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Anthropomorphism:

 

Frost's "Stopping by Woods on a Snowy Evening"

 

Robert Frost’s well-known “Stopping by the Woods on a Snowy Evening” (1923) provides an interesting example of anthropomorphism, since it shows how two natures can coexist in one text:

Whose woods these are I think I know.

 

His house is in the village though;

 

He will not see me stopping here

 

To watch his woods fill up with snow.

 

My little horse must think it queer

5

To stop without a farmhouse near

 

Between the woods and frozen lake

 

The darkest evening of the year.

 

He gives his harness bells a shake

 

To ask if there is some mistake.

10

 

 

The only other sound's the sweep

 

Of easy wind and downy flake.

 

The woods are lovely, dark and deep.

 

But I have promises to keep,

 

And miles to go before I sleep,

15

And miles to go before I sleep.

 

 

The horse: On the one hand, the poem features a little horse which thoroughly behaves like a human being. It thinks and asks (5, 10), and, moreover, what it thinks is consonant with what a normal person would think: what on earth is anybody doing at this time of the year, this late, in front of a dark forest? In doing so, the thinking, common-sensical horse, becomes even more socialized than the persona, for it does not understand the secret bond of the persona with the forest.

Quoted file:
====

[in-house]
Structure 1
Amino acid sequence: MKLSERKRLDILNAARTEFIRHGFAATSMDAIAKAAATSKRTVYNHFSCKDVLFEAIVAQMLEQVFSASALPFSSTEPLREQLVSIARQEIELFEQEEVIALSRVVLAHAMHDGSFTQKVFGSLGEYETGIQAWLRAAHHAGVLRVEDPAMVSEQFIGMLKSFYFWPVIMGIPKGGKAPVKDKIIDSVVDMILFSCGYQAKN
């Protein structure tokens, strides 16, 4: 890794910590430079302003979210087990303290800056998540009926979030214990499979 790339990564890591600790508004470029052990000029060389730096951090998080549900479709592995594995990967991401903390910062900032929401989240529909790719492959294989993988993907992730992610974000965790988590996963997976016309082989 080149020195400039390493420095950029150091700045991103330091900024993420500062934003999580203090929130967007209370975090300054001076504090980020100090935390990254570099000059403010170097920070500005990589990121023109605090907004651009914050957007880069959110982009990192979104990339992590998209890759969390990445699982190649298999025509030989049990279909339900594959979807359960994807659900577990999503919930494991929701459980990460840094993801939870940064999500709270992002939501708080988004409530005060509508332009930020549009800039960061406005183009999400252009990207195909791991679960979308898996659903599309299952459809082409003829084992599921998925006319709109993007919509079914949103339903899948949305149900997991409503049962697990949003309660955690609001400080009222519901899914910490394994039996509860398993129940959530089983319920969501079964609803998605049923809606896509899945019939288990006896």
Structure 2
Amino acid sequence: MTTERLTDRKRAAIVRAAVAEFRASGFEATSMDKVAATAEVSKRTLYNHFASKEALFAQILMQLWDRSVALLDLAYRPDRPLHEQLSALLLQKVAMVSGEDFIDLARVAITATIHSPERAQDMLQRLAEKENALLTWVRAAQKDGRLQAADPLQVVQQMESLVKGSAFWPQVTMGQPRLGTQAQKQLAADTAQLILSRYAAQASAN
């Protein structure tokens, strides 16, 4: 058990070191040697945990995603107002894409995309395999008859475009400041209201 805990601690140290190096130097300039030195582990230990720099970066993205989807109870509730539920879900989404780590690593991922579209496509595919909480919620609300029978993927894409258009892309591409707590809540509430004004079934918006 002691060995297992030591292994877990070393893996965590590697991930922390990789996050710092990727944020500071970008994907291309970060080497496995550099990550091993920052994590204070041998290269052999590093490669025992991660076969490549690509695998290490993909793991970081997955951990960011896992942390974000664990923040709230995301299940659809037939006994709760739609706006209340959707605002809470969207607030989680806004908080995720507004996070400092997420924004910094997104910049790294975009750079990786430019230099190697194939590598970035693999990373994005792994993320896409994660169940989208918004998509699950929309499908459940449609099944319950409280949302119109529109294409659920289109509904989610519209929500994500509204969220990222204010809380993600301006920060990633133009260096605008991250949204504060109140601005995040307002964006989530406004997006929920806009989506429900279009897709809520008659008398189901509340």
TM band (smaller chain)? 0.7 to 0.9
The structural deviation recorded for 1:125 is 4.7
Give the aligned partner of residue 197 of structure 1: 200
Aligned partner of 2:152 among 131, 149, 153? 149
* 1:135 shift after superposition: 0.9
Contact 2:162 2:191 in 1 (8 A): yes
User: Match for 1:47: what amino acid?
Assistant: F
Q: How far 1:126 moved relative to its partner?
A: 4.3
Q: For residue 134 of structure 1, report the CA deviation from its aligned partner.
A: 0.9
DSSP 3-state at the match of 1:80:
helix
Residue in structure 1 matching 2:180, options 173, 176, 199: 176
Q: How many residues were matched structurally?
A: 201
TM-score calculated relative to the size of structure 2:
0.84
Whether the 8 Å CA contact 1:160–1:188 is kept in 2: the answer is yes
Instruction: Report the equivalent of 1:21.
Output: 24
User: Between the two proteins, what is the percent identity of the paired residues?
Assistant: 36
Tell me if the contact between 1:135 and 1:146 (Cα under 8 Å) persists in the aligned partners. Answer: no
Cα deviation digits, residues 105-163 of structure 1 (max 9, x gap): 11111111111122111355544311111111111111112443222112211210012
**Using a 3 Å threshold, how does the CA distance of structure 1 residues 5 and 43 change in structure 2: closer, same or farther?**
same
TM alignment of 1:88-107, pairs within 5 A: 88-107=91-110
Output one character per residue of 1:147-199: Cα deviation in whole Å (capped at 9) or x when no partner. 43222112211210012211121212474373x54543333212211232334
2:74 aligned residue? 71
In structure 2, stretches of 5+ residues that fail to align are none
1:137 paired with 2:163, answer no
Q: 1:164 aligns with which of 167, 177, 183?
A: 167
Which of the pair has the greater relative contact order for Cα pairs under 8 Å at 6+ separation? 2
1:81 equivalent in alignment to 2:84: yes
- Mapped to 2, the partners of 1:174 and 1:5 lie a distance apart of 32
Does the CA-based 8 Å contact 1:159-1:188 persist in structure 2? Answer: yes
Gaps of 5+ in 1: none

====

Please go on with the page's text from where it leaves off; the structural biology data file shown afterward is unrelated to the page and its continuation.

The persona: The persona, on the other hand, is also socialized, since he has “promises to keep” (l.14); but he does so unwillingly, and seems more responsive to what the forest offers: stillness, darkness, depth (ll.11-13) and sleep (l.16), which means either rest or death, and if the latter, metaphysics.

The forest: Of course, the forest, the snow and the darkness are also parts of nature, only that they refer the reader directly to metaphysics.

Conclusion: This poem is unusual, because a characterising trait of human beings, socialization, is attributed to the horse, while the human being who appears in the poem is metaphysical rather than social. Of course, the forest, in being metaphysical, tells us that ultimately, the metaphysical yearning of the persona is itself a natural yearning.

daniel.candel@uah.es | ©2008 Daniel Candel Bormann